Spanberger, Kelly in Bipartisan, Bicameral Letter Urge U.S. House & U.S. Senate Leaders to Bolster America’s Response to Drug Trafficking

The “Securing America’s Borders Against Fentanyl Act” Would Boost Federal Research & Development into New Technologies to Identify, Track, & Interdict Illicit Fentanyl Coming through America’s Borders & Ports of Entry

WASHINGTON, D.C. — U.S. Representative Abigail Spanberger (D-VA-07) and U.S. Senator Mark Kelly (D-AZ) — joined by U.S. Senator Jon Tester (D-MT) and U.S Representatives Andrew Garbarino (R-NY-02) and Pat Ryan (D-NY-19) — today called on U.S. House and U.S. Senate leaders to move forward their bipartisan, bicameral legislation to strengthen America’s response to fentanyl coming through the nation’s borders and ports of entry.

In a letter to the Chairmen and Ranking Members of the U.S. House and U.S. Senate Armed Services Committees, Spanberger and Kelly pushed for the leaders to include the Securing America’s Borders Against Fentanyl Act in the final text of the Fiscal Year (FY) 2023 National Defense Authorization Act (NDAA) — and underscored the strong bipartisan support for the bill. Additionally, the lawmakers called attention to skyrocketing rates of overdose deaths involving synthetic opioids and highlighted how the legislation would invest in the research and development of technologies and strategies that would improve law enforcement’s ability to deter, detect, and interdict fentanyl shipments.

“As leaders of the bipartisan Securing America’s Borders Against Fentanyl Act, we strongly believe the bipartisan bill would strengthen our nation’s response to illicit fentanyl entering through our borders and causing a tragic rise in fatal overdoses,” wrote the bipartisan group of lawmakers. “Overdose deaths in the United States, particularly due to fentanyl poisoning, continue to rise and pose a grave threat to our communities. Approximately two-thirds of overdose deaths last year involved synthetic opioids, such as fentanyl, a figure that has been dramatically rising.”

The lawmakers continued, “Agency intelligence indicates the majority of drugs entering the United States come through ports of entry (POEs) along the Southwest Border. Non-Intrusive Inspection (NII) technologies are a critical tool to enhance the ability of U.S. Customs and Border Protection (CBP) to quickly detect illicit drugs and weapons. Due to fentanyl’s extremely small mass relative to its potency, it is crucial for CBP to have the advanced technologies necessary to detect it, even small amounts that are easy to hide. As transnational criminal organizations develop new ways and make use of modern technologies to smuggle illicit fentanyl across our borders, we must invest in research and development of the most advanced technologies and strategies to improve law enforcement’s ability to fight against criminals and their fentanyl trafficking operations.”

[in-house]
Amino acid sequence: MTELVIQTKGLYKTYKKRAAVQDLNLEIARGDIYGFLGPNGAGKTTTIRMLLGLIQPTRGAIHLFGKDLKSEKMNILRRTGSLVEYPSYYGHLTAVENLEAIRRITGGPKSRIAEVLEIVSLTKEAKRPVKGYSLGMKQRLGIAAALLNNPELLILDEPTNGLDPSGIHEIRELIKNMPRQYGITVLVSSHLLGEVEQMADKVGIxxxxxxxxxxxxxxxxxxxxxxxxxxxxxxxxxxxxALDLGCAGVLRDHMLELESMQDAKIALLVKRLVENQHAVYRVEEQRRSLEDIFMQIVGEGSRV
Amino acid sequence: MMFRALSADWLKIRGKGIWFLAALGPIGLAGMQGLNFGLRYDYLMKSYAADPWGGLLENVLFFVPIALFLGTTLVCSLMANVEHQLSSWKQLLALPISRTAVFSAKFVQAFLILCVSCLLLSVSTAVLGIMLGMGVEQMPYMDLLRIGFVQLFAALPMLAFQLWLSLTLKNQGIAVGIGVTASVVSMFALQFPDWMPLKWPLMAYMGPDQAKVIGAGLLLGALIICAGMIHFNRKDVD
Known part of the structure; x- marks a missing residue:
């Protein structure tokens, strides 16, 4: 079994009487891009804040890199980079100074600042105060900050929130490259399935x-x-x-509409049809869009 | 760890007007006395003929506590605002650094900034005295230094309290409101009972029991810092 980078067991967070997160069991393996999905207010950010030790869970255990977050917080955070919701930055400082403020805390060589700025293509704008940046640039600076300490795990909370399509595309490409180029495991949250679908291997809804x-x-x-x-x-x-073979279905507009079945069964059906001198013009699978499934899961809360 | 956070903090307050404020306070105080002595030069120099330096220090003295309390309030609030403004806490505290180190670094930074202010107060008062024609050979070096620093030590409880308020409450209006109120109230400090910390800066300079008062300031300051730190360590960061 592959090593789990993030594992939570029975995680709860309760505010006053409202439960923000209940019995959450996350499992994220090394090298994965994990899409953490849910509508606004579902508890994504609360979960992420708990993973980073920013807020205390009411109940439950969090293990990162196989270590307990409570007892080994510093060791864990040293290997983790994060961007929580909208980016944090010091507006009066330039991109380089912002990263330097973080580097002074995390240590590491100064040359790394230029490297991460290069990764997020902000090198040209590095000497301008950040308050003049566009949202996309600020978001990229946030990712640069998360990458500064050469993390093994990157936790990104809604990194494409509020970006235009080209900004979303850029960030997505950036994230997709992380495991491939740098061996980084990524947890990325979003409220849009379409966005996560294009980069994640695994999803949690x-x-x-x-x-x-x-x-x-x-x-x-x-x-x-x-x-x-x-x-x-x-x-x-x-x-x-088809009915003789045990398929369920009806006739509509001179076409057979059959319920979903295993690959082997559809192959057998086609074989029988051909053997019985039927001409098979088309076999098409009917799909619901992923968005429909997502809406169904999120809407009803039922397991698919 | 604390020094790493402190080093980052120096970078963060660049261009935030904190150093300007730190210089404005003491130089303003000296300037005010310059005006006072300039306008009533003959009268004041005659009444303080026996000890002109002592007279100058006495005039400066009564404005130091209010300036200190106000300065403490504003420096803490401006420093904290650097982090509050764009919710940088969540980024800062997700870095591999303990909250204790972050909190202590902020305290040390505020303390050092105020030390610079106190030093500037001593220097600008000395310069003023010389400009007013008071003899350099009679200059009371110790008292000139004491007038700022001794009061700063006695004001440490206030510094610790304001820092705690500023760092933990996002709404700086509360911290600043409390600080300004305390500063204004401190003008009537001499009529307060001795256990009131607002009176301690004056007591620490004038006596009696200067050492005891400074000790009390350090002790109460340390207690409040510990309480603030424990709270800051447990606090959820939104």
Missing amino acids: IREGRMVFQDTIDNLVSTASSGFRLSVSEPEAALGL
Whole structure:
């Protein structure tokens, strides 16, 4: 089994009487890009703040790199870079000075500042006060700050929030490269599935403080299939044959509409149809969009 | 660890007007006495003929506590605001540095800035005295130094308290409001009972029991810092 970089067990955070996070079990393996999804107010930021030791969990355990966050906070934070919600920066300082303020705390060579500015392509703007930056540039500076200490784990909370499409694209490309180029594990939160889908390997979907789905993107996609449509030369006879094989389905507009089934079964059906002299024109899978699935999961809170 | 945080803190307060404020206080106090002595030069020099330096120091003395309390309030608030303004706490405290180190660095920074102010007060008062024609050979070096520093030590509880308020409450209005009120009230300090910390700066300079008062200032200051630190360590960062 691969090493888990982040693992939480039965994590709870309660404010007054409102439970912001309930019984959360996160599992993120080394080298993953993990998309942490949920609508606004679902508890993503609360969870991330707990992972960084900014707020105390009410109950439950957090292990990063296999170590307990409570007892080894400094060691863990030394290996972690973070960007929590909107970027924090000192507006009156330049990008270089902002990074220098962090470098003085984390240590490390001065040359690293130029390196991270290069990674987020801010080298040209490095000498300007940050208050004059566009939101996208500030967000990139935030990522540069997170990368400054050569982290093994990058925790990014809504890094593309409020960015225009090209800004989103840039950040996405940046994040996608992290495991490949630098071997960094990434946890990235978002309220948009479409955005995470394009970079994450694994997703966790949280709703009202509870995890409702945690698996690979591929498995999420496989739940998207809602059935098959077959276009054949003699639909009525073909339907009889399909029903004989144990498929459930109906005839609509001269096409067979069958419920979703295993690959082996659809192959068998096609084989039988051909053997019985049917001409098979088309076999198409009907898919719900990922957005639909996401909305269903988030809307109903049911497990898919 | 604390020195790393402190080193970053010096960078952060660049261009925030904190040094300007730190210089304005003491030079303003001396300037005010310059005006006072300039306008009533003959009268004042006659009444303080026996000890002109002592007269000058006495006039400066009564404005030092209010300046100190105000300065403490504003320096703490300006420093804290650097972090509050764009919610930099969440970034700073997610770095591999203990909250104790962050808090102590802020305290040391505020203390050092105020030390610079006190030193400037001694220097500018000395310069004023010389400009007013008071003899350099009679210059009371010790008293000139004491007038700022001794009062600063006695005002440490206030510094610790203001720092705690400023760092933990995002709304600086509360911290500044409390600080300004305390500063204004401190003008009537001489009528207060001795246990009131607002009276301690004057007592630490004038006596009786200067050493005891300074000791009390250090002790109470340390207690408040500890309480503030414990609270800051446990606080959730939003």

Click here to read the full letter, and the full letter text is below.

 —

Dear Chairman Reed, Chairman Smith, Ranking Member Inhofe, and Ranking Member Rogers,

As House and Senate conferees begin negotiating the final conference report for the Fiscal Year (FY) 2023 National Defense Authorization Act (NDAA), we respectfully request that you include the Securing America’s Borders Against Fentanyl Act (H.R. 8316/S. 5052) in the final bill. The key provisions of this bill are mirrored in the House-passed FY 2023 NDAA under Section 5210, “Reports, Evaluations, And Research Regarding Drug Interdiction At And Between Ports Of Entry,” and Section 5879, “ONDCP Supplemental Strategies.” We ask that you retain Sections 5210 and 5879 from the House-passed NDAA and also include the remaining provisions of Securing America’s Borders Against Fentanyl Act (H.R. 8316/S. 5052), which is offered in full in S. Amdt. 6225 to the Senate’s FY 2023 NDAA. As leaders of the bipartisan Securing America’s Borders Against Fentanyl Act, we strongly believe the bipartisan bill would strengthen our nation’s response to illicit fentanyl entering through our borders and causing a tragic rise in fatal overdoses.